Stable Isotope Geochemistry


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Dr W Meier-Augenstein <[log in to unmask]>
Reply To:
Thu, 19 Feb 2004 09:47:27 -0000
text/plain (80 lines)
Hi Len,

I'm currently writing a paper along those lines you mentioned but I'm
not sure if it will be a slam dunk; especially since the waters we have
run thus far on our pyrolysis system (TC/EA-IRMS) are rain, ground and
creek waters (plus IAEA standards), i.e. fresh waters only, nothing with
a high salt content.

Here's a sneak preview from the abstract.

Accuracy and precision of 2H/1H and 18O/16O isotope ratio analysis of
water samples were evaluated with a set of 4 international isotopic
standards obtained from the International Atomic Energy Agency (IAEA) in
Vienna, namely IAEA OH-1, OH-2, OH-3 and OH-4. Typical precision of d2H
and d18O measurement from H2 and CO by the IRMS alone, i.e. independent
of sample conversion was  0.23  and  0.14 , respectively. Typical
precision of d2H measurement by the entire TC/EA-IRMS array was  1.93 
and  0.51  before and after optimisation, respectively. For d18O
measurement the corresponding values were  0.28  and  0.18 ,

The above doesn't preclude me getting two "poor" d18O precisions of 0.38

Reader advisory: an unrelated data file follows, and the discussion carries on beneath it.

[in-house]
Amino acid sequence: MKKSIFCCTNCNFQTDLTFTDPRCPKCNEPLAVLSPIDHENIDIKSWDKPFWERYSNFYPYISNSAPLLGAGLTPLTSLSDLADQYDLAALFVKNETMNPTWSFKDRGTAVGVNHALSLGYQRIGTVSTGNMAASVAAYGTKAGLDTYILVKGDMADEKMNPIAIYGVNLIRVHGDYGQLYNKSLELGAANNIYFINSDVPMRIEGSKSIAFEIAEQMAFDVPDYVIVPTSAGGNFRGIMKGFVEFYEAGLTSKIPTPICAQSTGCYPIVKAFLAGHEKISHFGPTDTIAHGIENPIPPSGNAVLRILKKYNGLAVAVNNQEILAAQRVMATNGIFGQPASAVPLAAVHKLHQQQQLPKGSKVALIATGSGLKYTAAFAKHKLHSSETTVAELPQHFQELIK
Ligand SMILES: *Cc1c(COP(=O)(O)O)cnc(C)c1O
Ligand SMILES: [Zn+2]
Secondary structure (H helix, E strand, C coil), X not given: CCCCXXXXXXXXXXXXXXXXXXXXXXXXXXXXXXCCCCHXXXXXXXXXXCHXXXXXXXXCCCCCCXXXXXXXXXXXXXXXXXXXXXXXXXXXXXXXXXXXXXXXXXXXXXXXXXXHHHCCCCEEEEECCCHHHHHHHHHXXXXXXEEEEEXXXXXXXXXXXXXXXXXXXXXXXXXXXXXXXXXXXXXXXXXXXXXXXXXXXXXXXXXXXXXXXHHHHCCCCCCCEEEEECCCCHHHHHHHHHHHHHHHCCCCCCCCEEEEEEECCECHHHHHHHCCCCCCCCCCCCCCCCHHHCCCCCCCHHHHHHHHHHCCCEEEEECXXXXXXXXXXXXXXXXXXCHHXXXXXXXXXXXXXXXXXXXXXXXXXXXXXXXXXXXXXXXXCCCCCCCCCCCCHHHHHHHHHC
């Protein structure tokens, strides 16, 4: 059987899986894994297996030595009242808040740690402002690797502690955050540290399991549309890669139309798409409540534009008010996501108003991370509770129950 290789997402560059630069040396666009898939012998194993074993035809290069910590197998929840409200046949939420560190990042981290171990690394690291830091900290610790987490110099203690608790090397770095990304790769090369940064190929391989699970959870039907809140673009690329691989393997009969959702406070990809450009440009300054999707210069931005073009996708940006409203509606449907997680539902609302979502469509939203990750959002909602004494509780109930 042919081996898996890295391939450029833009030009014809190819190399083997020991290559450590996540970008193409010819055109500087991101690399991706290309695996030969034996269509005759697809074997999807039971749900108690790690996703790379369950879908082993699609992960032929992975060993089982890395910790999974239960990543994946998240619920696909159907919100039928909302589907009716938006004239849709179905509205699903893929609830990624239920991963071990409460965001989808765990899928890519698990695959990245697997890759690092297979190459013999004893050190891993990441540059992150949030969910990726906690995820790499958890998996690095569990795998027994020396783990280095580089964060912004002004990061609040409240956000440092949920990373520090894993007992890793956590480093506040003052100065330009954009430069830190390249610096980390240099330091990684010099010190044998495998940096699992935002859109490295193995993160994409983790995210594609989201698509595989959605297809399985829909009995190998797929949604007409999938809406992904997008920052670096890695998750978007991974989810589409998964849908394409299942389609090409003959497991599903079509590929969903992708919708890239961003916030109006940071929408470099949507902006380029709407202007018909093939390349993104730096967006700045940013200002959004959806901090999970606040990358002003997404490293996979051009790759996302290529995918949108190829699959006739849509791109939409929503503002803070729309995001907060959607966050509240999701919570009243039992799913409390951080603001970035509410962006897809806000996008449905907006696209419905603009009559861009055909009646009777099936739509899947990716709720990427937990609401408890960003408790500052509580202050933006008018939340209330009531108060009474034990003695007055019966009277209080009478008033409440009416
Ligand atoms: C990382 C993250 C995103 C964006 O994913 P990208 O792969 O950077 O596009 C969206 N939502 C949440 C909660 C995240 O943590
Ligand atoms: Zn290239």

or 0.78  within a group of 20 water samples referenced against CO and
enveloped by 2 QC standards either side. On the other hand, within the
same group I observe precisions ranging from 0.017 to 0.157 with 8 out
of 20 samples (all run in triplicate) hovering around the 0.08 mark.

To put this into perspective, the true d18O value of my QC standard
(IAEA-OH4) is -15.3 . Over a run spanning 8 groups of 20 samples plus 9
groups of QC standards, the measured d18O value typically ranges from
-14.98 to -15.77, i.e. -15.3 +/- 2 standard deviations.

In my experience thus far, TC/EA-IRMS yields good results for (fresh)
water if one's prepared to take the bother.



> -----Original Message-----
> From: Stable Isotope Geochemistry
> [mailto:[log in to unmask]] On Behalf Of Wassenaar,Len [NHRC]
> Sent: 18 February 2004 16:00
> To: [log in to unmask]
> Subject: Re: CO gas for CF-IRMS
> Harro,
> However, I still do not really understand why anyone would
> want to use CO for measuring 18O in water over so easily
> automated CO2-water equilibration, and especially so for
> salty to more saline samples (ie 18O activity verus
> concentration).  Never got a good answer to this question on
> this list before, and haven't seen a slam dunk paper in the
> literature yet. Anecdotally, I hear nothing but complaining
> from labs who tried to use CO for 18O in waters (very poor
> precisions, huge memory effects, on and on). So why even bother?
> Len
> Leonard I. Wassenaar, Ph.D.
> Environment Canada
> 11 Innovation Blvd.
> Saskatoon, SK
> Canada, S7N 3H5
> tel: 306-975-5747
> fax: 306-975-5143